23. Telekinesis

    Telekinesis Member

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    On some guns like the Mosin, you can actually grab the back of the bolt and recock the striker/firing pin. But a more general approach (for any gun that cocks on unlocking and not on closure) is to grab the bolt handle and rotate it like you would if you were cycling the action, but instead of pulling back on the bolt, push down again and lock the bolt in its forward position and you will be ready to fire.
     
  24. rcmodel

    rcmodel Member in memoriam

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    With any Mauser 1891, 93, 95, or 98, the 1903 Springfield, or later Model 70 Winchester, or most any other bolt-action rifle?

    The back of the striker, or firing pin projects out the back of the bolt shroud.

    Uncocked, with the safety off, Any minor impact to it will fire the round in the chamber.

    The mystery to me is why a South African of all people would propose such a work-around to a unsafe safety in the first place.

    They were using Mauser's in war, and for hunting from the get-go.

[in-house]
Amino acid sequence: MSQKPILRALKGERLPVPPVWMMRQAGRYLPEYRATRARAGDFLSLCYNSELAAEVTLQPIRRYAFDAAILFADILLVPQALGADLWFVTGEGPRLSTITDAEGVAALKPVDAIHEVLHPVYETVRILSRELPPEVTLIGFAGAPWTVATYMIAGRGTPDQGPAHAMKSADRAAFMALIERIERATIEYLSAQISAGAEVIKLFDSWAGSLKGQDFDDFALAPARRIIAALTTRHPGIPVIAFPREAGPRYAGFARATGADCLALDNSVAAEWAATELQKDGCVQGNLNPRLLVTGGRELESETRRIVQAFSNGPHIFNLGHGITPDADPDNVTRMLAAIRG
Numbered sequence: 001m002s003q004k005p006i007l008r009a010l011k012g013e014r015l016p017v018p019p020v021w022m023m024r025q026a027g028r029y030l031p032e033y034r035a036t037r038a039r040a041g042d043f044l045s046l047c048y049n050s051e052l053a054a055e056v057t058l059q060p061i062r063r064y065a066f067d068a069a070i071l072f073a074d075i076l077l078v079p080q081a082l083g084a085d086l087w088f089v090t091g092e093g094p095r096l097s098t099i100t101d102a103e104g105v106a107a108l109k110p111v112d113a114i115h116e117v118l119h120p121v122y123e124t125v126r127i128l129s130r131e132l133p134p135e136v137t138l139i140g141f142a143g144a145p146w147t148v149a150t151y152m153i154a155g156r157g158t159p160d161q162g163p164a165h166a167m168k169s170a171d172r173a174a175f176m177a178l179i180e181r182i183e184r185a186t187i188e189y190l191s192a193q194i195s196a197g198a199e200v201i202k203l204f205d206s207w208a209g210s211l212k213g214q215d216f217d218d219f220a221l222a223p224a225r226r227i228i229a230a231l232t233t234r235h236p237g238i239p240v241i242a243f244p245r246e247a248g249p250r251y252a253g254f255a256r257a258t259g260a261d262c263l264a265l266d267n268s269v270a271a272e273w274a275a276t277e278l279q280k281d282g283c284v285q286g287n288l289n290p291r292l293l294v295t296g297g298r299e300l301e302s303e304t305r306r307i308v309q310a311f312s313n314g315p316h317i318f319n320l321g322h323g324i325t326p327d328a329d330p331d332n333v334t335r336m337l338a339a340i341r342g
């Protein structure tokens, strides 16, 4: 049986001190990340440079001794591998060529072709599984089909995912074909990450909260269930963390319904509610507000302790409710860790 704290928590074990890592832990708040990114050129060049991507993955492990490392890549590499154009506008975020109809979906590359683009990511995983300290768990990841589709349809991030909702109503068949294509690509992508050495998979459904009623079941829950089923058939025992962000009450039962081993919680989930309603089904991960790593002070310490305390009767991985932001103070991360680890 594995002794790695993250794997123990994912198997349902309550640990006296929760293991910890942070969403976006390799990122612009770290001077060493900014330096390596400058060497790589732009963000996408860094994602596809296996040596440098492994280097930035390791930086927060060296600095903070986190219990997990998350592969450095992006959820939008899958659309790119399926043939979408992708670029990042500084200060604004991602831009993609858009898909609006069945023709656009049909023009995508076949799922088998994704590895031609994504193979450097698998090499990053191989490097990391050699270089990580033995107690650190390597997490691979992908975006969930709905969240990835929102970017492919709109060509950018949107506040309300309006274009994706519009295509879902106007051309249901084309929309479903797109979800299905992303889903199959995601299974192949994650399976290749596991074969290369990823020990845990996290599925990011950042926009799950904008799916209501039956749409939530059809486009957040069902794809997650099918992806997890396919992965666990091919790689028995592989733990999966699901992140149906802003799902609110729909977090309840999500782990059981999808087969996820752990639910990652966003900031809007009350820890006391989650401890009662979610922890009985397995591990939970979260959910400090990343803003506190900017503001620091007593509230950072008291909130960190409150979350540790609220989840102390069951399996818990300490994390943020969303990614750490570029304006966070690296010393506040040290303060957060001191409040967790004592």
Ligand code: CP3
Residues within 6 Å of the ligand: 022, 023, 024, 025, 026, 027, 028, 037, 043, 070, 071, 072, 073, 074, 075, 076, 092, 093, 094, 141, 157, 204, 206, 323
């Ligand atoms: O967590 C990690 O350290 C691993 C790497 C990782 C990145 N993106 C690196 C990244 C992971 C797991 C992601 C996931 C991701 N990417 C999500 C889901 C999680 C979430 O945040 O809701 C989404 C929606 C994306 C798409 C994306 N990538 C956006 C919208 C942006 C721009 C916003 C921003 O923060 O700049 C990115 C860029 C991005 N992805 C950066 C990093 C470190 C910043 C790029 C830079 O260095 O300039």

And there was no Mauser military or sporting rifle ever made back then with a "weak or faulty safety mechanism" in the old days.
    If you put a Mauser wing safety on Safe, it stayed on Safe until you took it off safe to shoot it.

    Lever guns like the Marlin or Winchester, DO NOT have floating firing pins.
    If the hammer is down against the bolt & FP, and the lever is locked shut, it will also fire if the hammer receives a impact of any kind.

    What they all do have however, is a very robust hammer safety notch that holds the hammer just off of the firing pin..

    No, they are not drop-safe from a helicopter.
    But yes, they have worked perfectly fine and safely for the last 150 years, if the safety notch on the hammer is properly used.

    rc
     
    Last edited: Jun 26, 2012
  25. H&Hhunter

    H&Hhunter Moderator

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    redneck, T Bran,

    When you get ready to fire you simply lift the bolt and close it again. You do not need to pull the bolt back and extract the round to cock the firing pin.